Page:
Eastern Carver County Schools was forced to cut more than 31 full-time equivalent teaching positions during the 2020-21 budget process, $6 million in total, for what the district says is a result of the 2019 failed referendum.
The second-year cycle, while still impactful in its cuts, a total of $3,102,048, will see less impact on instruction.
A negotiated pay freeze will save District 112 roughly $1.4 million, but cuts remain, with the loss of a combined 1.20 FTE in foreign language and music in elementary and high school levels, and 4.28 FTE positions at middle schools with the move to a six-period day.
A year ago, District 112 announced the reduction of 11.95 FTE positions at the high school with a change to six-period days, the loss of 9.54 FTE at middle schools and decreasing 10.65 FTE at the elementary level with larger class sizes.
"We engaged the community. We worked with principals to develop ideas. We are following what we did two years ago," Director of Finance and Operations DeeDee Kahring said at the April 12 school board workshop.
Other cuts for 2021-22 include a negotiated pay freeze for instructional support staff and special education staff and the loss of 2.14 FTE paraprofessional positions. Additionally, athletic and activity fees will increase, and facility rental of district-owned property will go up in price as well.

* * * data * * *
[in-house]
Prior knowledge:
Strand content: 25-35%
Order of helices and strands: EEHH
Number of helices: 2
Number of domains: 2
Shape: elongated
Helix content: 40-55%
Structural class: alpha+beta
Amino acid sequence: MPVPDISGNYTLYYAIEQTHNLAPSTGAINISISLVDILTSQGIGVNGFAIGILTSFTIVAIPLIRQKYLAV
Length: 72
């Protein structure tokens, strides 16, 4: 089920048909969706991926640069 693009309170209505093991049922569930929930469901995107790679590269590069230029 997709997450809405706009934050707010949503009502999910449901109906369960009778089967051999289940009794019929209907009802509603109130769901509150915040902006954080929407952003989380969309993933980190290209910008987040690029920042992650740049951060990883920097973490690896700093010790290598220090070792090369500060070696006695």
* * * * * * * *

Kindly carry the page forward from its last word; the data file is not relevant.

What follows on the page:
In-sourcing of some of the transportation operation will save the district roughly $200,000.
One area that won't see any cuts this year is administration. Board member Tim Klein expressed that while on paper it's a tough look, he drew upon past year cuts to show the whole story.
Of budget cuts from 2003 to 2022, nearly 15% has come from administration. Compare that to total percent of the budget, less than 9%, and Kahring said cuts to administration by ratio lead the way.
Administration cuts of nearly $340,000 were made in the current year's budget, including a pay freeze, and the reallocation of .50 FTE around in the district.
Kahring said the School Board will be asked to adopt the budget cuts at an April 26 meeting.
It was a busy workshop for Kahring and Pam Jensen, Finance and Human Resources manager. Jensen also presented capital-related projects for 2021-22, though no large bidding processes are needed.
Deferred long-term facility maintenance projects, funded by state aid and levy, include:
- Replacing heating system at Family Learning Center, a boiler at Chanhassen Elementary, a chiller at Victoria Elementary, and multiple chillers at Chaska High School.
- Roof replacement at Chaska Middle School East.
- Resurfacing tennis courts at Chaska High School, Pioneer Ridge Middle School and Chaska Middle School West.
- Plumbing repairs at Chanhassen Elementary and other district-wide properties.
Revenue exists to fund the requirements for deferred maintenance to prevent further erosion of facilities, accessibility improvements or to make fire, safety or health repairs to district facilities.
The deferred maintenance revenue for next year totals $4.8 million, while health and safety revenue to fund projects for next year is $708,200.
Additionally, the capital projects levy funds, which supports security and technology for buildings, classrooms and learning at all schools in the district — a levy funded by taxpayers in the fall of 2019 — will be spent on technology tools, devices and security improvements throughout the district.